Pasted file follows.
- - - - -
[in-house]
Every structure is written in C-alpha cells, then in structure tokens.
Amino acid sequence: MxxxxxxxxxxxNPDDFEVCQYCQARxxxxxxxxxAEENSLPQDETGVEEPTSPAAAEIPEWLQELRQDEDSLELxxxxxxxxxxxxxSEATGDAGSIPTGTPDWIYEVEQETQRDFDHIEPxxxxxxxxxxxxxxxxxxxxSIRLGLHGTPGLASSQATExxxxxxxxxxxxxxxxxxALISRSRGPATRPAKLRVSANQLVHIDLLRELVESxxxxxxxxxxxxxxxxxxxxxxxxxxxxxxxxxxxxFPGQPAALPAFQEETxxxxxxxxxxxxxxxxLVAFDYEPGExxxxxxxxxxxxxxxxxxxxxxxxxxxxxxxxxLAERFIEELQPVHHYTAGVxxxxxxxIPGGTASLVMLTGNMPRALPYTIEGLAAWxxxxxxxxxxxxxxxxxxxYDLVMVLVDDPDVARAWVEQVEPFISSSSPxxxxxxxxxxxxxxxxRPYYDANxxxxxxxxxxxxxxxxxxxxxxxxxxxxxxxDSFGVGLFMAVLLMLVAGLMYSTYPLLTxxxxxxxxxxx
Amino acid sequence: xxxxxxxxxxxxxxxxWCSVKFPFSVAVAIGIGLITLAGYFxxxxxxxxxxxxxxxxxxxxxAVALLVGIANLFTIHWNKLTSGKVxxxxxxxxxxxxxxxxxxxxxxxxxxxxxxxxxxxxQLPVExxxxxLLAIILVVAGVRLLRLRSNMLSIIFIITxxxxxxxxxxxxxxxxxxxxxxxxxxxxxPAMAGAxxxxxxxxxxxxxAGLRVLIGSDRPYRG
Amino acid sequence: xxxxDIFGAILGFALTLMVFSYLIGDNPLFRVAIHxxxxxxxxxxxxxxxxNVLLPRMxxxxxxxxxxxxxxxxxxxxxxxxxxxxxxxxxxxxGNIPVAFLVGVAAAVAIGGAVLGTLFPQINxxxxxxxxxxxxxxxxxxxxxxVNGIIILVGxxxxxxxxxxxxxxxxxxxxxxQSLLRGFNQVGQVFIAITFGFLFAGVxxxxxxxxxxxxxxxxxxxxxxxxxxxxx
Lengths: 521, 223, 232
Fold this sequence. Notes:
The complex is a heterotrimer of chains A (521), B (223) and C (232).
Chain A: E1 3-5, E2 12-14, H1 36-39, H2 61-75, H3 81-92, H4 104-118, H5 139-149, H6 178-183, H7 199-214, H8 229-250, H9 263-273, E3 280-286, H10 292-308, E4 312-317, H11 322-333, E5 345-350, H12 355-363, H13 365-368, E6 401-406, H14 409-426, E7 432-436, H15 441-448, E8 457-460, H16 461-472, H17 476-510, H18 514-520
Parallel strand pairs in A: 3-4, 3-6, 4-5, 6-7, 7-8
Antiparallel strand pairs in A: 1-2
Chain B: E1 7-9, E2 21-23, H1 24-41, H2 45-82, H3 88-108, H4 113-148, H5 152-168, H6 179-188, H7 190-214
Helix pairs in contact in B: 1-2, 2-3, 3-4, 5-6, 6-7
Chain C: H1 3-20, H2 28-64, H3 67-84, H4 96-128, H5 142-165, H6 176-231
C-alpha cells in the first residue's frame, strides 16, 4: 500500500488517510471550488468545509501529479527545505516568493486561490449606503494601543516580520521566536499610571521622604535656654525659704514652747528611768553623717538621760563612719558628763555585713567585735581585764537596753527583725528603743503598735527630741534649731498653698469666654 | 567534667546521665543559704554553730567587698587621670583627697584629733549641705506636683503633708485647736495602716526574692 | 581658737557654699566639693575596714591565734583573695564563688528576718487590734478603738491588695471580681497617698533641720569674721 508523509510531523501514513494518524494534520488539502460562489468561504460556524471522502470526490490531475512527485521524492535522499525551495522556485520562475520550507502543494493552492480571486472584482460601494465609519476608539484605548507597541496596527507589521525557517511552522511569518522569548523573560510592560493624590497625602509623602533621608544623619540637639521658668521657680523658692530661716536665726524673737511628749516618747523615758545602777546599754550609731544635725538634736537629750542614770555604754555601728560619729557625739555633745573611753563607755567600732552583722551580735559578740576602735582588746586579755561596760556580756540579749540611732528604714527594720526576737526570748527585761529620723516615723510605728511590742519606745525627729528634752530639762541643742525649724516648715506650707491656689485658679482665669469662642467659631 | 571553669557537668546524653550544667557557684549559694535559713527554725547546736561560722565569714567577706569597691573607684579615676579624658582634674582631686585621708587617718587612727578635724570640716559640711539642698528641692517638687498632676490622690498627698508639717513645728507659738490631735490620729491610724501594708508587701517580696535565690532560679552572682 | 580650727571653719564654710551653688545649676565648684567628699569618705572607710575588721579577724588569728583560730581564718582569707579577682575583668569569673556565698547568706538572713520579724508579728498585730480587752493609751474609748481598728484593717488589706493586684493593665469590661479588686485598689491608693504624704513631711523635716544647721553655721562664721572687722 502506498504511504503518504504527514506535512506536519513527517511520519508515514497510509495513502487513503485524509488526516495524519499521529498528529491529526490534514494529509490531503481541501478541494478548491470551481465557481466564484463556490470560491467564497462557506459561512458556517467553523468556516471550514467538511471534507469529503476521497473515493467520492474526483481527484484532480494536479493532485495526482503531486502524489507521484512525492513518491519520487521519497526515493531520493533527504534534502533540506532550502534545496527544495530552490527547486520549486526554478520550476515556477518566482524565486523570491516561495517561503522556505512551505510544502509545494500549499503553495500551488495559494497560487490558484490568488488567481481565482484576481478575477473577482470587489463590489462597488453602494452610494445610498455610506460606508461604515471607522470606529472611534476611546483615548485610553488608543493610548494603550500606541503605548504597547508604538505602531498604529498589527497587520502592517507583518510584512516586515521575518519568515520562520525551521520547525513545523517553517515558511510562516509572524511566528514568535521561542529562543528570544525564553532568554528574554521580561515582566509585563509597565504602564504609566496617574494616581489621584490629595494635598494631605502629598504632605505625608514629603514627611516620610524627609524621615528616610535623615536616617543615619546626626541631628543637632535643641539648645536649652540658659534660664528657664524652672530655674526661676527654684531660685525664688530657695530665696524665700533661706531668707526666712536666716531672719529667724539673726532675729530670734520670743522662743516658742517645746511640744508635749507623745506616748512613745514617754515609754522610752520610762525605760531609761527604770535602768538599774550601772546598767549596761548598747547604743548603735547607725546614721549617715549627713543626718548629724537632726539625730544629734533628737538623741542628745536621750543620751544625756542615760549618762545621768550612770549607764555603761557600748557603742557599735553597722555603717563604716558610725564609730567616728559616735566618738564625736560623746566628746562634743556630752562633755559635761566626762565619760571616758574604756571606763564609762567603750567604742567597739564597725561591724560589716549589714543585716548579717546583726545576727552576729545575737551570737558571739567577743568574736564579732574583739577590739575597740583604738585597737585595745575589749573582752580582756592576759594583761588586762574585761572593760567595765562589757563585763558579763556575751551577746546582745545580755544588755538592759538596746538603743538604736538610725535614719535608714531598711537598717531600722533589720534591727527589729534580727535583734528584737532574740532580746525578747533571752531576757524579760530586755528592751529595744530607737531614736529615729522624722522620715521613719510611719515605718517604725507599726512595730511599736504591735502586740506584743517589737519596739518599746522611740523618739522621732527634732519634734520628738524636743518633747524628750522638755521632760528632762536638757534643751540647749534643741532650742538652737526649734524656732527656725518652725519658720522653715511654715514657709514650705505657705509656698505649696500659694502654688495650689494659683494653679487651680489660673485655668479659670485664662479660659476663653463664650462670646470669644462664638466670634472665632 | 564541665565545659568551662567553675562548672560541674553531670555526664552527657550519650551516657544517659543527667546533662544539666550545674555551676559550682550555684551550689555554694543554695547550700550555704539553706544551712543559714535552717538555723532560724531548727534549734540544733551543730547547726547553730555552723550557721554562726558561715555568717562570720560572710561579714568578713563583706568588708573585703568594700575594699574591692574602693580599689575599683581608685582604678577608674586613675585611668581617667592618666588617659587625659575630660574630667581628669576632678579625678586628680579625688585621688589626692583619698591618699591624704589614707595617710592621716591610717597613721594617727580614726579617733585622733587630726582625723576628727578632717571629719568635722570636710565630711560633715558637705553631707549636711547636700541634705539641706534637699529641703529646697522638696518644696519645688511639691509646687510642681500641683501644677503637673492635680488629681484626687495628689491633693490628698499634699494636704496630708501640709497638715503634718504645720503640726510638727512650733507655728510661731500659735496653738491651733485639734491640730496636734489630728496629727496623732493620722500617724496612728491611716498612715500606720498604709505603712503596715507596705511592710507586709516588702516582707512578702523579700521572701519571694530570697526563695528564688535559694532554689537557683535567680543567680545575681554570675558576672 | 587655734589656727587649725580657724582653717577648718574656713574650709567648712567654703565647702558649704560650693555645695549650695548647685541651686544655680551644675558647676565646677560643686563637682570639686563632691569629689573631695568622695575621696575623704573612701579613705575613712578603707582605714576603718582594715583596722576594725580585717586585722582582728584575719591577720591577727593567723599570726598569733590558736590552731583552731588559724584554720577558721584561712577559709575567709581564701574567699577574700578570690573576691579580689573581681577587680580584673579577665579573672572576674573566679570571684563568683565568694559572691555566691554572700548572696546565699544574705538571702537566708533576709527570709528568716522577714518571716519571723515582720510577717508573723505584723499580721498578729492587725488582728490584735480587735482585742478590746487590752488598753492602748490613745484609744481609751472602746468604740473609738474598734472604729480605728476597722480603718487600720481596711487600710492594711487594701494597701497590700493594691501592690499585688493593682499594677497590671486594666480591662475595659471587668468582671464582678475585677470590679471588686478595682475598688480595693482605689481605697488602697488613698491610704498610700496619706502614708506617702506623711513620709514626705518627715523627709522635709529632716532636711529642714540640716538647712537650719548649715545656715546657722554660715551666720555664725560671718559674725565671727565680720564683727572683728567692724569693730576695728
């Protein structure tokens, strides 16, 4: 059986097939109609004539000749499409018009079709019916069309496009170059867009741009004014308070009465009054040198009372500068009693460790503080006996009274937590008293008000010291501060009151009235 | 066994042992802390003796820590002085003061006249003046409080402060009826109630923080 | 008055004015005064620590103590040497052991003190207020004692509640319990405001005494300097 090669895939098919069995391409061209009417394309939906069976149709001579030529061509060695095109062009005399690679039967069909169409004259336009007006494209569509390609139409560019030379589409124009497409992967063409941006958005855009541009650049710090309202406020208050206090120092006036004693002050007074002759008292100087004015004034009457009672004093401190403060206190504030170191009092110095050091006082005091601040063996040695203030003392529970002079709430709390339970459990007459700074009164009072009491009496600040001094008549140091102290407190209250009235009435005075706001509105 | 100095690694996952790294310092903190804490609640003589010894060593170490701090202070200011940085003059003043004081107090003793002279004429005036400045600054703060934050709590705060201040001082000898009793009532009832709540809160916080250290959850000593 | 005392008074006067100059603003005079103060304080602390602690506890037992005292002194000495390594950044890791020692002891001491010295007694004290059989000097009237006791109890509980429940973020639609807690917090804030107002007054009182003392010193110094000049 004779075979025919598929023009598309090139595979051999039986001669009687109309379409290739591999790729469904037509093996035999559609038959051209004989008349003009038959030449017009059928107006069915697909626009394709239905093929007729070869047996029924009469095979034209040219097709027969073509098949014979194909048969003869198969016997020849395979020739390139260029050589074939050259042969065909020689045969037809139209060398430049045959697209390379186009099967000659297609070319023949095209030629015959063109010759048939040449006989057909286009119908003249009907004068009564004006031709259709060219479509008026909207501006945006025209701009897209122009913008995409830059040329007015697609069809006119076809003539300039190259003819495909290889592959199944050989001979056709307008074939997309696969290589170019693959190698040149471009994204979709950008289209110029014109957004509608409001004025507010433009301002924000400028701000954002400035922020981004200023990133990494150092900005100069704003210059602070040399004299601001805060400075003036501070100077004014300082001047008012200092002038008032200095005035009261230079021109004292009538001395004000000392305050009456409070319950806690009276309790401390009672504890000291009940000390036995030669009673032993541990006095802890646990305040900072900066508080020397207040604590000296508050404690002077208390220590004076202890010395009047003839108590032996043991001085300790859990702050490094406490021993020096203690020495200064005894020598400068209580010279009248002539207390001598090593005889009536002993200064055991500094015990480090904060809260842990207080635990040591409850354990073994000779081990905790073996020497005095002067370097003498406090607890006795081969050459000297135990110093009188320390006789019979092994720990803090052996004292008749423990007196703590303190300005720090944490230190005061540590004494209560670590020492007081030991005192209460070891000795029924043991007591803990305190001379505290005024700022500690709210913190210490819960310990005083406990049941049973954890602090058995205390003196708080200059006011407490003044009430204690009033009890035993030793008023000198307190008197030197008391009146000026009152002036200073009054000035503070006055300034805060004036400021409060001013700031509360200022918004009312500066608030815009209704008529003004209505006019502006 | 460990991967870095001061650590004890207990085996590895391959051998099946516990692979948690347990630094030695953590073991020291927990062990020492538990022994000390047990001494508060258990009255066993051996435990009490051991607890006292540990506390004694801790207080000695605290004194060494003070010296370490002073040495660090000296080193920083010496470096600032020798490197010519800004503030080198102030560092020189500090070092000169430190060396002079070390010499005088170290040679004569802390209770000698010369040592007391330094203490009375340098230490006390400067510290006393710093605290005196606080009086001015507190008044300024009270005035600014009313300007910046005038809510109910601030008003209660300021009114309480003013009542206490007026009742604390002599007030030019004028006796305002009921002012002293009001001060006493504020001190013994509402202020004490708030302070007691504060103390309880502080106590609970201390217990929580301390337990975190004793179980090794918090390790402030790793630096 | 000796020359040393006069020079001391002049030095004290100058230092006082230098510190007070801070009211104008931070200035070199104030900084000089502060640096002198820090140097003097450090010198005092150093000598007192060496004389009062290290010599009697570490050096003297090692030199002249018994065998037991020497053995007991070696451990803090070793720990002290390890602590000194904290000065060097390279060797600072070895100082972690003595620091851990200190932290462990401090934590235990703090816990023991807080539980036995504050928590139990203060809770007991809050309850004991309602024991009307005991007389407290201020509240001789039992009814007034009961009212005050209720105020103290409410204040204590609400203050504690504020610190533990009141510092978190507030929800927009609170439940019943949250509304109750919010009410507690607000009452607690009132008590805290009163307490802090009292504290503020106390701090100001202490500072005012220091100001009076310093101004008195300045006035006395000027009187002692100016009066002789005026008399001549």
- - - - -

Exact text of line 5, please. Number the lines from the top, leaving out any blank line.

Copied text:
Amino acid sequence: xxxxDIFGAILGFALTLMVFSYLIGDNPLFRVAIHxxxxxxxxxxxxxxxxNVLLPRMxxxxxxxxxxxxxxxxxxxxxxxxxxxxxxxxxxxxGNIPVAFLVGVAAAVAIGGAVLGTLFPQINxxxxxxxxxxxxxxxxxxxxxxVNGIIILVGxxxxxxxxxxxxxxxxxxxxxxQSLLRGFNQVGQVFIAITFGFLFAGVxxxxxxxxxxxxxxxxxxxxxxxxxxxxx